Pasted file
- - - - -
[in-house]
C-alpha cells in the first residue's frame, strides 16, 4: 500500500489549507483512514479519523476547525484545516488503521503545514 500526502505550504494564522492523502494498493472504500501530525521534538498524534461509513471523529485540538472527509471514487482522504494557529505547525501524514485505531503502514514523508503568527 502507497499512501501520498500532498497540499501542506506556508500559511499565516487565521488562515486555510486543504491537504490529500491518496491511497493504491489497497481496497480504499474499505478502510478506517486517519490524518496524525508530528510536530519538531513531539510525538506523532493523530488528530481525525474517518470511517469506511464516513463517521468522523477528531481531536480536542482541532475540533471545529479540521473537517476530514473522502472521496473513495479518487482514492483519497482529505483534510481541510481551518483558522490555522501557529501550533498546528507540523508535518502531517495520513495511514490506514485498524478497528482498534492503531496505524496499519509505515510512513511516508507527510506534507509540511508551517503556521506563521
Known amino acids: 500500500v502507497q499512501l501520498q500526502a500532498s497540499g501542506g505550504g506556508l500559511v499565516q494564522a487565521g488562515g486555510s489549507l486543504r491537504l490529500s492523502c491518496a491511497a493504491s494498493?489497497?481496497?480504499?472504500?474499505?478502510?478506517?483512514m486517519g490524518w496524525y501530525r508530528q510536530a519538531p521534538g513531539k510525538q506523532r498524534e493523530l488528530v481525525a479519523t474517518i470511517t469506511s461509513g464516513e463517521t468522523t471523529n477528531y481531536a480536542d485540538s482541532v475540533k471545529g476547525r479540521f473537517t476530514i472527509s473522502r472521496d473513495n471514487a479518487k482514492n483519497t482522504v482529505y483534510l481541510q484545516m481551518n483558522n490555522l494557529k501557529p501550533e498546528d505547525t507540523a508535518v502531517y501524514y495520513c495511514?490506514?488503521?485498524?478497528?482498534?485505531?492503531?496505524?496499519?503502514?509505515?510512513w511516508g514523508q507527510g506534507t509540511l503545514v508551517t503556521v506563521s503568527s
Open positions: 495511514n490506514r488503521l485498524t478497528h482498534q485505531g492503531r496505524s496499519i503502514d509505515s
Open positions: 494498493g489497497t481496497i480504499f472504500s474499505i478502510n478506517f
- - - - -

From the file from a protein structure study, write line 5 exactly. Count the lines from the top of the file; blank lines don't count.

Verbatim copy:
Open positions: 494498493g489497497t481496497i480504499f472504500s474499505i478502510n478506517f